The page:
California Supreme Court Outlaws Science In DUI Cases
Scientific evidence challenging the accuracy of breathalyzers is not admissible, California Supreme Court rules.
Scientific evidence cannot be brought into evidence to challenge a borderline conviction for driving under the influence of alcohol (DUI) in California. The state Supreme Court last week rejected Terry Vangelder’s attempt to clear his name after he was arrested for drunk driving though he showed few signs of impairment in field sobriety tests.
California Highway Patrol Sergeant Richard W. Berg noticed Vangelder’s pickup truck driving at an alleged 125 MPH on Highway 163 in San Diego County on December 22, 2007. As soon as Sergeant Berg flipped on his overhead lights, Vangelder pulled over. Vangelder admitted to having a few glasses of wine with dinner, so he took and passed the field sobriety tests. Vangelder agreed to take a handheld Intoximeter Alco-Sensor IV preliminary alcohol screener test, which displayed a 0.086 blood alcohol content (BAC) reading. After this, he was arrested and taken to the county jail where an Intoximeter EC/IR breatalyzer produced an 0.08 BAC reading, right at the legal limit. He then took a blood test that reported a 0.087 BAC.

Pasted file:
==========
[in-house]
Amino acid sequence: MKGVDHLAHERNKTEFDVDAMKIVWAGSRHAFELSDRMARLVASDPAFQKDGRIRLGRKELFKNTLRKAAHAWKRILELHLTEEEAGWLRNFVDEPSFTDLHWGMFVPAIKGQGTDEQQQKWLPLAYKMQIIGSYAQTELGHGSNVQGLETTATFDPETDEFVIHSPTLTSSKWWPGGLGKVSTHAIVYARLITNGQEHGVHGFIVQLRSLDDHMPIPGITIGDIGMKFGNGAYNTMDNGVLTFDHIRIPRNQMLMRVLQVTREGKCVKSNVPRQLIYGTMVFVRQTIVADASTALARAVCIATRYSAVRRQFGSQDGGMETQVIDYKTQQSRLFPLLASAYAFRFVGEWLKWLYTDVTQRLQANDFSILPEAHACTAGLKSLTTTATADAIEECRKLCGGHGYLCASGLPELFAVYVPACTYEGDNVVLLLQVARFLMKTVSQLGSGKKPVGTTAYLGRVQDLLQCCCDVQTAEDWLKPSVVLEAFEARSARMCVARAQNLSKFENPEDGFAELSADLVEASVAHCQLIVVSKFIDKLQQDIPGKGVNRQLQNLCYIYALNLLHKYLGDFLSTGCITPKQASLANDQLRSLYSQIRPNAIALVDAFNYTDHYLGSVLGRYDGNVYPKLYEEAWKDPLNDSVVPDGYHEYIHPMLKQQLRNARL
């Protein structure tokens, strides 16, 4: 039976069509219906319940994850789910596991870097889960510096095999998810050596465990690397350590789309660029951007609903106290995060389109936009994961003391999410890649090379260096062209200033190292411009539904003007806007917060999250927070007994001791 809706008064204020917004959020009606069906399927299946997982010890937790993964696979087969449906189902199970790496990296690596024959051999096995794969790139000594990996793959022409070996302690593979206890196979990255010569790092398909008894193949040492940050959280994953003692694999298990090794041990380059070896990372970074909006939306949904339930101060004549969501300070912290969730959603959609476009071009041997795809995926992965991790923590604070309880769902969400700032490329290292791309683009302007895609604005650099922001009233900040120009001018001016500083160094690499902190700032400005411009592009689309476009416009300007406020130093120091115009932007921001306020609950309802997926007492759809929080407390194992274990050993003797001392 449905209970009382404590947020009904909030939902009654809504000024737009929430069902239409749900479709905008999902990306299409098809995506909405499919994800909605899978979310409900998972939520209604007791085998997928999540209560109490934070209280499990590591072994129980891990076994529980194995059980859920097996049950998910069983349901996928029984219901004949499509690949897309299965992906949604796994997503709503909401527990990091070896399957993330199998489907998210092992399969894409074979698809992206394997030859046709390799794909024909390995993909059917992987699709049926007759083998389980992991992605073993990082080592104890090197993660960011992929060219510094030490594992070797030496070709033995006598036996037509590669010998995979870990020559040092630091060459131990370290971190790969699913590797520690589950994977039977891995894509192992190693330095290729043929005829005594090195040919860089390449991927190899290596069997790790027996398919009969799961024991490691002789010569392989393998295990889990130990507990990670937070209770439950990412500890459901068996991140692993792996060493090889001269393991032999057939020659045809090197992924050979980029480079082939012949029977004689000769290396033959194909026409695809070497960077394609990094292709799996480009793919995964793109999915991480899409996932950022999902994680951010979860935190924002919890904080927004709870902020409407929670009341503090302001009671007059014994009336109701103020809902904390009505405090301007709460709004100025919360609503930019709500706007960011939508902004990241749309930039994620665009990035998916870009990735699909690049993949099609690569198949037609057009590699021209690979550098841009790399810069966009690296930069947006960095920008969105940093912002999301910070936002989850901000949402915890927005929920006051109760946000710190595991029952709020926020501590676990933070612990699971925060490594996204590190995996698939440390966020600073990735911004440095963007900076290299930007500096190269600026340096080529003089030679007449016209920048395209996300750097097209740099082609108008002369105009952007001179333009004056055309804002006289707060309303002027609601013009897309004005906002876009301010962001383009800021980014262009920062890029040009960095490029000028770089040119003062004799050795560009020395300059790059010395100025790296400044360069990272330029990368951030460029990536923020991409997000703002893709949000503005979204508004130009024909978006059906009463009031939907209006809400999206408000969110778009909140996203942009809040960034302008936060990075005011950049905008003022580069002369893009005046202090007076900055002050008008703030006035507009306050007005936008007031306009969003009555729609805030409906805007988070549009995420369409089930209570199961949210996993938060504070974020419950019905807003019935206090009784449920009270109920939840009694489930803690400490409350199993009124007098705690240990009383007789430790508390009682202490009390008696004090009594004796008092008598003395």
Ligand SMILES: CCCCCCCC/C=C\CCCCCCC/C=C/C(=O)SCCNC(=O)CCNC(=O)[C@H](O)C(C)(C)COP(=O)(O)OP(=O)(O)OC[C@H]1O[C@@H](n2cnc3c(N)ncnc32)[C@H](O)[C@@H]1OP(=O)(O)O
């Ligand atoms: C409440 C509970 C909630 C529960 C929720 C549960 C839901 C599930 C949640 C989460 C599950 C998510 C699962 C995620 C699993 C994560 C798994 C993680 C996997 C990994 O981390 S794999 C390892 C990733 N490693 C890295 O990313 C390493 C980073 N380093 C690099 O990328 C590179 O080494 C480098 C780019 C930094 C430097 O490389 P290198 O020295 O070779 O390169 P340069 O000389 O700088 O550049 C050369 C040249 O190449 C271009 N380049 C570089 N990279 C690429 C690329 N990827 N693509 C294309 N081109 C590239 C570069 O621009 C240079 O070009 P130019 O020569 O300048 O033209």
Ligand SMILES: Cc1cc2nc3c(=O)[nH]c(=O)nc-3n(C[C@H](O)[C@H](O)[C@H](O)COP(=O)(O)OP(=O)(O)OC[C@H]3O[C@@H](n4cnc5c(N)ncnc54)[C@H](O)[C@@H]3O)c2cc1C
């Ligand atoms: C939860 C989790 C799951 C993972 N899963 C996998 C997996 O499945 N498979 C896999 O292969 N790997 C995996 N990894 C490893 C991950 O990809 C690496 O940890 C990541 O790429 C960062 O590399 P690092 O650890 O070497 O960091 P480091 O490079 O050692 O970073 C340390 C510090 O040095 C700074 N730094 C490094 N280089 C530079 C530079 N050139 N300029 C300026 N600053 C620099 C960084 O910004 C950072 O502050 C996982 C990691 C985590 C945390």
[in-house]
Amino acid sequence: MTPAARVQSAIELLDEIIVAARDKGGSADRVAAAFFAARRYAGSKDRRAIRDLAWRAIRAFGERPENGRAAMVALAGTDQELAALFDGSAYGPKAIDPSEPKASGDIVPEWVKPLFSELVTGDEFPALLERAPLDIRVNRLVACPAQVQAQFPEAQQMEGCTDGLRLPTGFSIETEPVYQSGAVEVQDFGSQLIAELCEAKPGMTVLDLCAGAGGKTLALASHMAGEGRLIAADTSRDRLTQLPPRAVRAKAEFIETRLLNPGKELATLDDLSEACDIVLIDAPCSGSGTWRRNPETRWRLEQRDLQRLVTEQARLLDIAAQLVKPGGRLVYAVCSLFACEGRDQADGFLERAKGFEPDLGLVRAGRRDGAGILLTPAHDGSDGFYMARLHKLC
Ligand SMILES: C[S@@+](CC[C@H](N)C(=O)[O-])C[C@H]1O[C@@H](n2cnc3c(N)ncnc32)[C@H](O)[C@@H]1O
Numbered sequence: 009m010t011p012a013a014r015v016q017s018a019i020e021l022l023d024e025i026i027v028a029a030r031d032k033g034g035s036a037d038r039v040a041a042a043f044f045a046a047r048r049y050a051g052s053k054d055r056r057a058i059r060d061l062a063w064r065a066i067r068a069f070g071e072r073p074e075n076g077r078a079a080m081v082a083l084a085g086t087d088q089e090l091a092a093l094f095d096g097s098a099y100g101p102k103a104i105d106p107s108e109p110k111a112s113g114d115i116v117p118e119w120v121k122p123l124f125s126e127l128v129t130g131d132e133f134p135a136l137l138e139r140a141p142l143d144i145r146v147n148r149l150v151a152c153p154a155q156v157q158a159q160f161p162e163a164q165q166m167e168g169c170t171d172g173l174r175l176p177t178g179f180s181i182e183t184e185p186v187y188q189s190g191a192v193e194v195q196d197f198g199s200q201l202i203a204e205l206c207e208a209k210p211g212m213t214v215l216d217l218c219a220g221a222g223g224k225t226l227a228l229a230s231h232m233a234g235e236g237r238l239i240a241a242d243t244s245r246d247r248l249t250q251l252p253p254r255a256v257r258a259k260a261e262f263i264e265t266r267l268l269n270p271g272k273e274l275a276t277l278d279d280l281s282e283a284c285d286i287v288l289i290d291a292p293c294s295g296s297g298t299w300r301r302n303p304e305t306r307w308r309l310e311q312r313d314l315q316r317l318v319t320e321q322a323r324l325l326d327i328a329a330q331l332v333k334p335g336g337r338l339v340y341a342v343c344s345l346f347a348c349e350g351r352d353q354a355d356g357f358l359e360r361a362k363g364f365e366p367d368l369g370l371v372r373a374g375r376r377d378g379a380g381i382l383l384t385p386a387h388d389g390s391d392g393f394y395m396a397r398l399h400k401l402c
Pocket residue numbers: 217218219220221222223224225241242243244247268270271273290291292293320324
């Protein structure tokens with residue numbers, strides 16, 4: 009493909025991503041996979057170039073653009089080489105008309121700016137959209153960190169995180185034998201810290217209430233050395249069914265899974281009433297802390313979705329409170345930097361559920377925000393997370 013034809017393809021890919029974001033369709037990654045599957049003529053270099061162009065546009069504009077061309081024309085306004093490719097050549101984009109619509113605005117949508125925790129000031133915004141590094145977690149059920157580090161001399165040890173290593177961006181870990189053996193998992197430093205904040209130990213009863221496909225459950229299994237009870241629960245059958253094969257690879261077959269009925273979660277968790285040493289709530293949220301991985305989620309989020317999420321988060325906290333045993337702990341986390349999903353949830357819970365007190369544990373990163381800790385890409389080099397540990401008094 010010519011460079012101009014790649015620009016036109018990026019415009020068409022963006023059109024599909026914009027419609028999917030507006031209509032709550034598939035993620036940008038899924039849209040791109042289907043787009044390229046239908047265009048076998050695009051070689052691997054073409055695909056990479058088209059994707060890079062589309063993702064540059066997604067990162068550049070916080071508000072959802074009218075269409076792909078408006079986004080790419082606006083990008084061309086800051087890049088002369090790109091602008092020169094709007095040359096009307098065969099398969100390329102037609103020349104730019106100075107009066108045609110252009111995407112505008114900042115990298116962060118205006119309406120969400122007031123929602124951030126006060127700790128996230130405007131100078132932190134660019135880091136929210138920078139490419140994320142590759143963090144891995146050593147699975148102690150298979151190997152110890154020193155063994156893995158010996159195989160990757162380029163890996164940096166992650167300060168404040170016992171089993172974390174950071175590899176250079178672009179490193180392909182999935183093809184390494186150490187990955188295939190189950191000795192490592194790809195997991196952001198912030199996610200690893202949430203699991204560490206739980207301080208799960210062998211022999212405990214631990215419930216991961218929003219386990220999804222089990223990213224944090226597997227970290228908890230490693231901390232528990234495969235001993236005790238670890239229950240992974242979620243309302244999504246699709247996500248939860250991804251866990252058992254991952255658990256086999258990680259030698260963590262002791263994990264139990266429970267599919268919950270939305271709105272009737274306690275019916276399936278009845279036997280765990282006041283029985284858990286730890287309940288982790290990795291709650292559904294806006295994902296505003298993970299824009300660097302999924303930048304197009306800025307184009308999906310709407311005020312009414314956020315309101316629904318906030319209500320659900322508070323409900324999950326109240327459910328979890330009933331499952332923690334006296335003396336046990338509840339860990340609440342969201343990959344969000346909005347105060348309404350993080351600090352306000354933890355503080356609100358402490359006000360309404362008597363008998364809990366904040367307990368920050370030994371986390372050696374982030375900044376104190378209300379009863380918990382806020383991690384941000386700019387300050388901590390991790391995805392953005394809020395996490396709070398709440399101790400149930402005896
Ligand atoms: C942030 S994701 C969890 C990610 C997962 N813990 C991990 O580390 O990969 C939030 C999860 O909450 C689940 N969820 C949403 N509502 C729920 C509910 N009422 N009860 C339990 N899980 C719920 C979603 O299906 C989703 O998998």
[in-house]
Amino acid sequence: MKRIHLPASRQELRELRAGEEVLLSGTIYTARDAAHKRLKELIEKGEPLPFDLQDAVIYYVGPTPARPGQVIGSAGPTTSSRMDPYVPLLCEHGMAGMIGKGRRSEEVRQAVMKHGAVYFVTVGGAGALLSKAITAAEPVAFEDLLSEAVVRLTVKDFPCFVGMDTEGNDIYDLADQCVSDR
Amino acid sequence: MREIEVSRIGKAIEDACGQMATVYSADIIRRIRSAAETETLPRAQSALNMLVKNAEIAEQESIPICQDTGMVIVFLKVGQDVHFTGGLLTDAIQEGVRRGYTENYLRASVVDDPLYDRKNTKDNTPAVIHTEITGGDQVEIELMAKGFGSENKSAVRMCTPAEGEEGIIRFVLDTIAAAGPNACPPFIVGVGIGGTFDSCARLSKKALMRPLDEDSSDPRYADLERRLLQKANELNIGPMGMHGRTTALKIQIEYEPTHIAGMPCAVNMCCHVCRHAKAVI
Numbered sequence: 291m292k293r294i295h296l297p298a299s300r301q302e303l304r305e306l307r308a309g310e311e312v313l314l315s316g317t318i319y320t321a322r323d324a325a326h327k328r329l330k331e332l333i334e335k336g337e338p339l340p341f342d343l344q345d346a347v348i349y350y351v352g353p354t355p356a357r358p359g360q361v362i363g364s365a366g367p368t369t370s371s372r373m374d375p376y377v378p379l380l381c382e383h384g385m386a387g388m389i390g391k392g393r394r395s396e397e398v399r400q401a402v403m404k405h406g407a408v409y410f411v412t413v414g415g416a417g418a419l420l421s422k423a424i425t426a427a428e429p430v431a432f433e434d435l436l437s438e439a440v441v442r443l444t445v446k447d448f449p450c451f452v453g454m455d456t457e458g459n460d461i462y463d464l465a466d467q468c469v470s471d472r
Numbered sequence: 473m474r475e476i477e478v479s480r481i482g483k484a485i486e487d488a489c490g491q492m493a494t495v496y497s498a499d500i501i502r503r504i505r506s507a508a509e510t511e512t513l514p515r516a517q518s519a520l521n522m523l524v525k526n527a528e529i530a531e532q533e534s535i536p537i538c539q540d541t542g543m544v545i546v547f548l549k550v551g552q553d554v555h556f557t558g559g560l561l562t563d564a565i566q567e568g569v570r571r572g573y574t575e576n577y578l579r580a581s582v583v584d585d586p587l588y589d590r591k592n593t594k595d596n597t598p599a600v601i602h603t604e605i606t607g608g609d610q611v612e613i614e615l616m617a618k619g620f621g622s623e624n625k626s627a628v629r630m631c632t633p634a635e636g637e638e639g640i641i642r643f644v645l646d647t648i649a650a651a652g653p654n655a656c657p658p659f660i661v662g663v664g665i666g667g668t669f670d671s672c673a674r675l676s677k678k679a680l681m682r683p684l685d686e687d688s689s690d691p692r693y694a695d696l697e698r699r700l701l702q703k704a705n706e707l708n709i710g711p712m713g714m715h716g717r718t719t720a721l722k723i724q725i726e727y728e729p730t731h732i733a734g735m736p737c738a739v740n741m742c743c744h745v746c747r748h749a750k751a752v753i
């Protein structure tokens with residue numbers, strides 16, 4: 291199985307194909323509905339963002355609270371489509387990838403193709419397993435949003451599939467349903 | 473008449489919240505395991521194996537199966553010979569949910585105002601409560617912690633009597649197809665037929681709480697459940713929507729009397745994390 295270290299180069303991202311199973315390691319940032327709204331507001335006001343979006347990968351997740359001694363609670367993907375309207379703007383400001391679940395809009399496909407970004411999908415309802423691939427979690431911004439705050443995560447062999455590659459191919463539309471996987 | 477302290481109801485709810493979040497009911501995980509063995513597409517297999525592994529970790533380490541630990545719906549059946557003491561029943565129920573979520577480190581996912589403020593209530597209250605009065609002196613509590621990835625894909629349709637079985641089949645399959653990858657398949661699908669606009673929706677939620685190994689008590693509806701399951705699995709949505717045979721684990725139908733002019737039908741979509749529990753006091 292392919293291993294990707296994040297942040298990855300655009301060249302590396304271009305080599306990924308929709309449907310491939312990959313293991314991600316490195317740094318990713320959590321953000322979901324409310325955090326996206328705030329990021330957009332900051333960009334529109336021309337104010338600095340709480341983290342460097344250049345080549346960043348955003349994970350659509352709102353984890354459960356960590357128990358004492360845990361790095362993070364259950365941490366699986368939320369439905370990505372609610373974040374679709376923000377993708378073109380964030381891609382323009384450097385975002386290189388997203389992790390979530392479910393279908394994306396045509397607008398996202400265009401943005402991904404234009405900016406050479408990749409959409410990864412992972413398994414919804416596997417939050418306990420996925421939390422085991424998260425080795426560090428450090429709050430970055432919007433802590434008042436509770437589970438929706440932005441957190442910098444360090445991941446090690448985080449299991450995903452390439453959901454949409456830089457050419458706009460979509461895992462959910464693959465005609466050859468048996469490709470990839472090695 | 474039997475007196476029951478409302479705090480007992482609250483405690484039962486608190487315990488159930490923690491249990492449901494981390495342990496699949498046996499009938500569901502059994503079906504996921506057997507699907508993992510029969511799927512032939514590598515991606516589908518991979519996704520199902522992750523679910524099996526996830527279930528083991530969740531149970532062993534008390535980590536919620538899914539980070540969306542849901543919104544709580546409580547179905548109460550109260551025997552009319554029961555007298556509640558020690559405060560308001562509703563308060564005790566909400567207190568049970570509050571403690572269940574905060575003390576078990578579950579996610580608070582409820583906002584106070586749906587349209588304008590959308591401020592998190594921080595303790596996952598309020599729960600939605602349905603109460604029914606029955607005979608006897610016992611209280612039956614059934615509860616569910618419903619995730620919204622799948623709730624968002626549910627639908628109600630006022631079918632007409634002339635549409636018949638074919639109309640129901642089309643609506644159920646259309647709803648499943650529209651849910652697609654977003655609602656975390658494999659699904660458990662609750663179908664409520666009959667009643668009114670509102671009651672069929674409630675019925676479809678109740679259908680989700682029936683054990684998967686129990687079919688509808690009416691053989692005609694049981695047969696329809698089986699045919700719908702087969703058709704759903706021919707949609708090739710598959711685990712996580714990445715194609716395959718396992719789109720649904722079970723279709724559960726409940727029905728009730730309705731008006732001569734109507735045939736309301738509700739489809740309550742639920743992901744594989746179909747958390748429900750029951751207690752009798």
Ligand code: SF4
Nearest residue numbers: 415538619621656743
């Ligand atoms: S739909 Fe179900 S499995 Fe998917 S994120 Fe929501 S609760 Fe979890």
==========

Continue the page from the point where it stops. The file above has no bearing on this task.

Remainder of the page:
“I said I wanted to submit to a blood test,” Vangelder testified. “I didn’t think it was accurate. And the reason I say that is because I knew how much I had to drink.”
At trial, Vangelder called Dr. Michael P. Hlastala, a professor of medicine at the University of Washington, to testify. Hlastala is the author of a textbook and 170 peer-reviewed articles on the physiology of alcohol. He testified that the breath machines do not produce a scientifically reliable result. When he gave a very detailed explanation of how the machines fail to measure the alcohol content of deep lung air, the prosecutor objected and the jury was sent out of the courtroom.
“They are (inaccurate),” Dr. Hlastala testified before the judge. “And primarily because the basic assumption that all of the manufacturers have used is that the breath that